Jul 6, 2016

Hong Kong officials blame China floods for tide of filth washing up on city beaches

Hong Kong
by
Kylie Knott and Adam Wright
,
South China Morning Post
Refuse on a beach at Cheung Sha, Lantau. The Hong Kong government began receiving reports of abnormal amounts of marine waste washing up on beaches on June 20. Photo: South China Morning Post
Refuse on a beach at Cheung Sha, Lantau. The Hong Kong government began receiving reports of abnormal amounts of marine waste washing up on beaches on June 20. Photo: South China Morning Post

The Hong Kong government has pointed the finger at China for the huge amounts of refuse that have washed up on the city’s southern beaches in recent weeks.

Six to 10 times the usual volume of marine refuse was being washed up, the Environmental Protection Department said. It believes this is a result of heavy rain and floods in the Pearl River basin.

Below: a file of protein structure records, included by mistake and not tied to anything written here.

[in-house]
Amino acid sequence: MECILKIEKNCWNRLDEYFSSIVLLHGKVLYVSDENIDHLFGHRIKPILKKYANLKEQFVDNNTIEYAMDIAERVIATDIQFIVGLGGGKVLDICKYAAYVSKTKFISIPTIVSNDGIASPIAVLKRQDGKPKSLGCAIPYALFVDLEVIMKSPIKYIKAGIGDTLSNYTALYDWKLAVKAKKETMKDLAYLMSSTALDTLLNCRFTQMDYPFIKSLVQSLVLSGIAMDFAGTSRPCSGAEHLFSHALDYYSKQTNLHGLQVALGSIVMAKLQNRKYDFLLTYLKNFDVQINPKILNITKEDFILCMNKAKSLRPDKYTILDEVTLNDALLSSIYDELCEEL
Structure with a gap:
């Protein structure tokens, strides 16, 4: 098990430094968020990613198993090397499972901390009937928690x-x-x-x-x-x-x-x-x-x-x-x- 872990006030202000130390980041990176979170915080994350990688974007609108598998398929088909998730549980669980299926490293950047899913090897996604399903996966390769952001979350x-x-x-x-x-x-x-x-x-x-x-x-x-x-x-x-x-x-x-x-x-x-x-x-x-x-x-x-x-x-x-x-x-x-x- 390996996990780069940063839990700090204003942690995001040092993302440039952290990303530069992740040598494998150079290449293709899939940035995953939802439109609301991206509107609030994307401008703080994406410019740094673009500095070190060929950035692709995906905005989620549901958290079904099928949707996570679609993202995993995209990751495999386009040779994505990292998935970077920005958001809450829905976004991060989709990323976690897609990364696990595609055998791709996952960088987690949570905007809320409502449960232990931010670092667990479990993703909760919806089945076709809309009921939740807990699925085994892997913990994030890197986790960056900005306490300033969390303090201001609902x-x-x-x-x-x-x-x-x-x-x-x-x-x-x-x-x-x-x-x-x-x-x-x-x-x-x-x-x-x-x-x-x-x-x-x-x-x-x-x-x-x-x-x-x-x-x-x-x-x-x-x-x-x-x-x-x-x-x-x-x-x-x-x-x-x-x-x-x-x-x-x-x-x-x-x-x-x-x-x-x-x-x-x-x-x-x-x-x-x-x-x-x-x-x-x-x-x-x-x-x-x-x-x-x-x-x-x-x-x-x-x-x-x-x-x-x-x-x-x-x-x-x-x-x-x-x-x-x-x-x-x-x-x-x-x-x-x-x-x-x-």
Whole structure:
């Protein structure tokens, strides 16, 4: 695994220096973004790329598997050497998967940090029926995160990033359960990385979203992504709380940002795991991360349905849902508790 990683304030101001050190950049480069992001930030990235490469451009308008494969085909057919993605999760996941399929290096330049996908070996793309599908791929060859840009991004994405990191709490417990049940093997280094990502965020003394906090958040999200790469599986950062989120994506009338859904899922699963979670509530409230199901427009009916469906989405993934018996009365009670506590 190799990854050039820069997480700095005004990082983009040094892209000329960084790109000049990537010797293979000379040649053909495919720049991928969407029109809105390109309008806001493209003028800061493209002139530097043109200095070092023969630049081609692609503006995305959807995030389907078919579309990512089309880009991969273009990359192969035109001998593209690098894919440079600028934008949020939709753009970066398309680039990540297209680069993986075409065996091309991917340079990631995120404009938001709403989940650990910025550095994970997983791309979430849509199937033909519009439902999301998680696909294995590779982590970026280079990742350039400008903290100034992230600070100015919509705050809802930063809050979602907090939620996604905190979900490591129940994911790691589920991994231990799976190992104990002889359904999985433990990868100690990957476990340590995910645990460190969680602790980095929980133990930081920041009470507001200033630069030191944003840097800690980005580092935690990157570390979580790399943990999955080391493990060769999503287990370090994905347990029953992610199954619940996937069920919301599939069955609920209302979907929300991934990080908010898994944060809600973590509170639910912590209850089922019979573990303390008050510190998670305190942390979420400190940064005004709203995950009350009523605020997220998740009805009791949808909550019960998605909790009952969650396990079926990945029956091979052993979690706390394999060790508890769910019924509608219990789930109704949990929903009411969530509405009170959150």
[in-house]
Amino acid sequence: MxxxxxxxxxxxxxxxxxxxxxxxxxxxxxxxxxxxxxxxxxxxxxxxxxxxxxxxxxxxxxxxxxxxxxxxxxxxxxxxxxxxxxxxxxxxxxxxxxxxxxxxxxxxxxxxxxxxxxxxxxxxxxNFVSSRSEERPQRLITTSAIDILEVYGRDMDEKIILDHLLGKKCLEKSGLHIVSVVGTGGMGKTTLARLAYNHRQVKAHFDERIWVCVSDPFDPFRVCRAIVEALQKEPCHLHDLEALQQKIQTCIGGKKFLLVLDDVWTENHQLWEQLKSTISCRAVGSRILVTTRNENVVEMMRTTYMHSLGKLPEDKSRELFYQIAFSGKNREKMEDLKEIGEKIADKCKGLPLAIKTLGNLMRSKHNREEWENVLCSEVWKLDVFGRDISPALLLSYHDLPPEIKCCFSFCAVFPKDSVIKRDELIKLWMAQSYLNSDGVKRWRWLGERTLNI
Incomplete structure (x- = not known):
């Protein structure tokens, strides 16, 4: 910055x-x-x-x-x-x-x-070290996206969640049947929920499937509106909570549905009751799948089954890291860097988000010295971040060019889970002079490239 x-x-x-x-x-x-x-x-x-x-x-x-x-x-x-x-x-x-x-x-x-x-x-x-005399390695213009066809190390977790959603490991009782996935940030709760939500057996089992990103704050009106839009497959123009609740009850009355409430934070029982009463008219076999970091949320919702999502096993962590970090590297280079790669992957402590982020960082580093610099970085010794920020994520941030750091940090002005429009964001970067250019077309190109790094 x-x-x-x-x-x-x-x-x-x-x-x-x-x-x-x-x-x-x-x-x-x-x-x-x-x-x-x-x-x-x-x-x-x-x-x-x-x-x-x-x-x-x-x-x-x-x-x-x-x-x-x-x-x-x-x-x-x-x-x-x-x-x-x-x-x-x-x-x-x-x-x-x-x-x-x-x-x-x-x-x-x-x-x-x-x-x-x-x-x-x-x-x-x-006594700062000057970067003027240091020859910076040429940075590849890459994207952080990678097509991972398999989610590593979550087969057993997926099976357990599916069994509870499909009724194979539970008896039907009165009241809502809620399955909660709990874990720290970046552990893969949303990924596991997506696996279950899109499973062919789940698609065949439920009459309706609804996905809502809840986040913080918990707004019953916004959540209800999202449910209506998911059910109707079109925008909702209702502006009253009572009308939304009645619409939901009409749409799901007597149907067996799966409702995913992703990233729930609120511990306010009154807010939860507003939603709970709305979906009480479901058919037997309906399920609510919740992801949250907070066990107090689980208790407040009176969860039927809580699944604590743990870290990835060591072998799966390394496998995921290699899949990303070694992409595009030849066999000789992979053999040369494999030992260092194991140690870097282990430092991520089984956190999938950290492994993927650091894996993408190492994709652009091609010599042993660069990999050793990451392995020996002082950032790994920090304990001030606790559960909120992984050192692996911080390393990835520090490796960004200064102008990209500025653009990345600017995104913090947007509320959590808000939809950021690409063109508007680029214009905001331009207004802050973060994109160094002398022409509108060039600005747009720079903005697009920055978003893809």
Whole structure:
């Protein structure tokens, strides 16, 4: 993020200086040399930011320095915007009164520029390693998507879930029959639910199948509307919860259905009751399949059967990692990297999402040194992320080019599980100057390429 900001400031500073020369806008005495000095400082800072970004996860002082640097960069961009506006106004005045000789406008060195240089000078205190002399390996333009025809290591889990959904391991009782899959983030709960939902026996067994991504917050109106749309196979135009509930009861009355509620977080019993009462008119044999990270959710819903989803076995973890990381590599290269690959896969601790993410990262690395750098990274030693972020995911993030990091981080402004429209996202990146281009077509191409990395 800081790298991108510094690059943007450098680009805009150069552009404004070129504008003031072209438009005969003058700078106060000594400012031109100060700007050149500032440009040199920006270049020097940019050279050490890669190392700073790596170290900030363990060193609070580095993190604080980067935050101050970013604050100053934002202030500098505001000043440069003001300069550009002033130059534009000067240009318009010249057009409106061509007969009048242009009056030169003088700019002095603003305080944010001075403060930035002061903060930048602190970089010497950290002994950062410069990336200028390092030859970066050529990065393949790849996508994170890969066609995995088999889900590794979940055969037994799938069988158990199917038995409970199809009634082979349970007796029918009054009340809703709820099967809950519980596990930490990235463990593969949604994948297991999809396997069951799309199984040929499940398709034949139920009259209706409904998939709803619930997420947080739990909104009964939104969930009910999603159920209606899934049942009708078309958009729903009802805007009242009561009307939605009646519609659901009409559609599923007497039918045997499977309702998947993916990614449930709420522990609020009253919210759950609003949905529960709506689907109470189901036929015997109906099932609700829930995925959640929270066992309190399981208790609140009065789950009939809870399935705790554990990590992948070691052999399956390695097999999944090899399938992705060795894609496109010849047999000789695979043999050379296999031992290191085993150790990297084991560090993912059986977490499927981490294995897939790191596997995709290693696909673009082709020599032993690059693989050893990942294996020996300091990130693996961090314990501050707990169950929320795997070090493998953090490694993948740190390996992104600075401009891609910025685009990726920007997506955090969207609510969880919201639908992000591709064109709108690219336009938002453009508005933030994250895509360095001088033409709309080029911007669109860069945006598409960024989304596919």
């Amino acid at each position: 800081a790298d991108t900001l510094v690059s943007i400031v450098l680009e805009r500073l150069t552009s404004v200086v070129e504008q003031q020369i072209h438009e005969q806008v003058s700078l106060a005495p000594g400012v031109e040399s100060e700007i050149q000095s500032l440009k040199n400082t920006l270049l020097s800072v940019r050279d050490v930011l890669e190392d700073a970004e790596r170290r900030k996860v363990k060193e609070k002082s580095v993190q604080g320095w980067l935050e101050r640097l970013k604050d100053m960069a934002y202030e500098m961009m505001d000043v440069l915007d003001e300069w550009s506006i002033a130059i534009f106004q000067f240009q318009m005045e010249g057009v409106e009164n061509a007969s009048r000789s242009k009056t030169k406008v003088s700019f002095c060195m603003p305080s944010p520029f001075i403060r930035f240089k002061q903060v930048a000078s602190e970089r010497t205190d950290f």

“We suspect that the floods in mid-June on the mainland might have brought the refuse to the sea and then the refuse is brought to Hong Kong by the southwest monsoon wind and the sea currents,” the department said in response to inquiries by SCMP.com.

“A similar phenomenon happened in 2005 when a massive amount of debris and refuse was found at various beaches and coastal areas of Hong Kong after a serious one-in-a-100-year flood on the mainland,” the statement said.

It said severe rainstorms and floods in mid-June in the provinces of Guangdong, Guangxi, Hunan and Jiangxi, through which the Pearl River or its tributaries flow, had caused flooding of a severity seen only once every 20 years